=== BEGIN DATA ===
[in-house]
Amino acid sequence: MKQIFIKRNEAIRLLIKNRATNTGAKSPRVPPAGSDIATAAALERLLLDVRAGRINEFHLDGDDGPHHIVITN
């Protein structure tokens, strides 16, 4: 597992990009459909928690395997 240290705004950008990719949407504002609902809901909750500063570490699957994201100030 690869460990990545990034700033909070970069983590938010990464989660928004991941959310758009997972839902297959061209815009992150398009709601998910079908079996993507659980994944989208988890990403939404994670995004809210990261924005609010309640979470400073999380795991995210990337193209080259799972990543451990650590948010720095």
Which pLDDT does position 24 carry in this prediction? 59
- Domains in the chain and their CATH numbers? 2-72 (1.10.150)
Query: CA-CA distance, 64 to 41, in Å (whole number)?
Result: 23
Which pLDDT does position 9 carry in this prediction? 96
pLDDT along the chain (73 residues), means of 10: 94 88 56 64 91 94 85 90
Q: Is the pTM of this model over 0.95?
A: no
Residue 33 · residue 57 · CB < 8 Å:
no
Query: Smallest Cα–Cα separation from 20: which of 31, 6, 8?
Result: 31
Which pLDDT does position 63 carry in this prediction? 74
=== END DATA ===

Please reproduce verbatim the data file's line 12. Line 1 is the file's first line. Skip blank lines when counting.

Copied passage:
Residue 33 · residue 57 · CB < 8 Å: